Milk Magazine (English) - - CONTENTS - Text: Raphaelle Elkrief – Il­lus­tra­tion: Flore Chemin

As the dik­tat of thin­ness looms over ever-younger chil­dren, the Body Pos­i­tive move­ment strikes back.

Ex­tra small Belle. The Lit­tle Mer­maid and her hour­glass fig­ure. Cin­derella who must have burnt off calo­ries spend­ing so long scrub­bing the floor. What if the next Dis­ney hero­ine were fat? That’s the ques­tion Dis­ney was asked last De­cem­ber by Michelle El­man and Amy Wooldridge, two Bri­tish blog­gers who dressed up for the oc­ca­sion as Ra­pun­zel and Snow White. Co­in­ci­den­tally or not, this ques­tion echoes last sum­mer’s polemic at the Cannes Film Fes­ti­val about the ad­ver­tis­ing cam­paign for Red Shoes and the 7 Dwarfs. On the poster a beau­ti­ful, tall, slen­der fe­male char­ac­ter stood be­side a much shorter, plumper ver­sion. What re­ally caused the uproar (and ap­palled the an­i­mated par­ody’s di­rec­tor) was the tagline: “What if Snow White was no longer beau­ti­ful and the 7 Dwarfs not so short?” It was a per­fect ex­am­ple of the body-sham­ing tac­tics used by mar­ket­ing, in­stantly picked up by plus-sized model Tess Hol­l­i­day. “Why is it okay to tell young kids be­ing fat = Ugly?” she wrote in a tweet.

Dis­crim­i­na­tion begins at school

While no­body to­day would try and deny that one can be dis­crim­i­nated against in the work­place on the ba­sis of phys­i­cal ap­pear­ance, few would sus­pect how widespread this dis­crim­i­na­tion is in child­hood. And yet, even in nurs­ery school, teachers are thought to be­have dif­fer­ently with at­trac­tive and unattrac­tive chil­dren, as re­ported in France by Jean Maison­neuve and Mar­ilou Bru­chon-Sch­weitzer in the early 1980s ( Modèles du corps et psy­cholo­gie es­thé­tique, PUF). This dis­crim­i­na­tion may even con­tinue through pri­mary school up into higher ed­u­ca­tion and is al­ready at work in the home. Com­ments about weight such as “he’s so chubby” or “isn’t she a lit­tle out­side the weight chart?” or “the school can­teen must be good!” be­gin in early child­hood…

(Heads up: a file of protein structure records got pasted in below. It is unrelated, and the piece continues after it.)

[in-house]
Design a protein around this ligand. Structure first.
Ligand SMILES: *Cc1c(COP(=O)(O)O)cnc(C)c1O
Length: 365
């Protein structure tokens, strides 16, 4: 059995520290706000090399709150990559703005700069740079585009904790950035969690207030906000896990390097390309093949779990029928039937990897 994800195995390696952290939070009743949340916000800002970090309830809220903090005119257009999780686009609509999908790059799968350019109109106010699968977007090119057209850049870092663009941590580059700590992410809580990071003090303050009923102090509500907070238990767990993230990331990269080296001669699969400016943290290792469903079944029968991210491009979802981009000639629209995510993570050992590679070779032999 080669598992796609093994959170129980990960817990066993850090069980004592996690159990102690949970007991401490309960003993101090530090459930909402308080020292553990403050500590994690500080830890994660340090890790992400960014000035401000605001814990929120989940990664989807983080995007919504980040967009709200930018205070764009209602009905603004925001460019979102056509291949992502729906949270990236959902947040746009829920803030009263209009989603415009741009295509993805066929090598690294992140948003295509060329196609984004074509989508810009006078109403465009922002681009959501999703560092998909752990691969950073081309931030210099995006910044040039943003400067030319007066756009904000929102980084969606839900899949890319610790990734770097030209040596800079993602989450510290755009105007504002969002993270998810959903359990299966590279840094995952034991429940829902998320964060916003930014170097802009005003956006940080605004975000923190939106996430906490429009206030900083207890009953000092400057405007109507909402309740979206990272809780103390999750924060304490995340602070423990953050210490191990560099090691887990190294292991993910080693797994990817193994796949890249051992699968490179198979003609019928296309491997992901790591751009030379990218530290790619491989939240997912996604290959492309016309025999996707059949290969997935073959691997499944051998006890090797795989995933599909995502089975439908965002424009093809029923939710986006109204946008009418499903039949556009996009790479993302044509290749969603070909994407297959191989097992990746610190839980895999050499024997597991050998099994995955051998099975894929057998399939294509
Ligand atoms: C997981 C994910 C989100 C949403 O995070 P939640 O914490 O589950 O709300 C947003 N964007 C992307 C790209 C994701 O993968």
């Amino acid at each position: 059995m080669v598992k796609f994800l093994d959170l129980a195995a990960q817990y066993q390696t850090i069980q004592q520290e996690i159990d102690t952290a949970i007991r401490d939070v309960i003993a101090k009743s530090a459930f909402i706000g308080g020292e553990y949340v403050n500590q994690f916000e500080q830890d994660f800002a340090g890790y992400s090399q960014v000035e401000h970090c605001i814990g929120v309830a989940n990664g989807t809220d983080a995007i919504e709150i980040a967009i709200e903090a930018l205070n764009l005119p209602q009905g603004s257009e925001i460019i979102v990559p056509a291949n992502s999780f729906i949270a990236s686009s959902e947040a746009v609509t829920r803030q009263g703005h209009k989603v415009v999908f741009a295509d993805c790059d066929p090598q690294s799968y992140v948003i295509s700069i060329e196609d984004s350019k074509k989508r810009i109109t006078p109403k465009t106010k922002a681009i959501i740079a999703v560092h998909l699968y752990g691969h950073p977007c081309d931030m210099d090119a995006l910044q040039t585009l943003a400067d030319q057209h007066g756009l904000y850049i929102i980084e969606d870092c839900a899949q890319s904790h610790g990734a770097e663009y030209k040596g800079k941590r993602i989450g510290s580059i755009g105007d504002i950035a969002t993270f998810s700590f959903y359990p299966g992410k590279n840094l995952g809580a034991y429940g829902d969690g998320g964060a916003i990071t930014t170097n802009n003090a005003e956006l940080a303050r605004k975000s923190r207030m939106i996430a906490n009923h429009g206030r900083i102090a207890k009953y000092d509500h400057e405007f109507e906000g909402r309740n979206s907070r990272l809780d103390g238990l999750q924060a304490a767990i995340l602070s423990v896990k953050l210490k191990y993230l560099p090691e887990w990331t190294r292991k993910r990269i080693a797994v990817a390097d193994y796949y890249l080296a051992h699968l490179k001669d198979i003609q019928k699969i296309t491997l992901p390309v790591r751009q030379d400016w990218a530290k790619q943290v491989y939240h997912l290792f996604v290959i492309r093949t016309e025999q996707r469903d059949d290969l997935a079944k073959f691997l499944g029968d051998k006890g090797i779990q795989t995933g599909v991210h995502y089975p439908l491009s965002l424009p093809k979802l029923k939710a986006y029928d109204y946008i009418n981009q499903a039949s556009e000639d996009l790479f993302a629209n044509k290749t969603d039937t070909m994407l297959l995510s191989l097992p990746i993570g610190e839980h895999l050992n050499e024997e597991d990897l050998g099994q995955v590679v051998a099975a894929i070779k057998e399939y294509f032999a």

As a re­sult, some chil­dren have a com­plex about their weight by the age of 5-6, ac­cord­ing to the Amer­i­can or­ga­ni­za­tion Com­mon Sense Me­dia (CSM), which is ded­i­cated to help­ing kids thrive in a world of me­dia and tech­nol­ogy. Worse still, 80% of ten-year-old Amer­i­can girls ad­mit to hav­ing al­ready been on a diet. “As their self-aware­ness grows, chil­dren clas­sify, cat­e­go­rize and sit­u­ate them­selves in the world. From then on, the first dif­fer­ences may ap­pear to them and the first com­plexes take root: teeth, ears, size, weight, hair colour, ev­ery­thing they see in oth­ers that shows they are dif­fer­ent, ab­nor­mal, may cause a neg­a­tive vi­sion of them­selves,” con­firms Catherine Mon­not, PhD in so­cial an­thro­pol­ogy.

By urg­ing par­ents and women to change the way they look at them­selves, we can help cre­ate pos­i­tive role mod­els for chil­dren.

Car­toons and role mod­els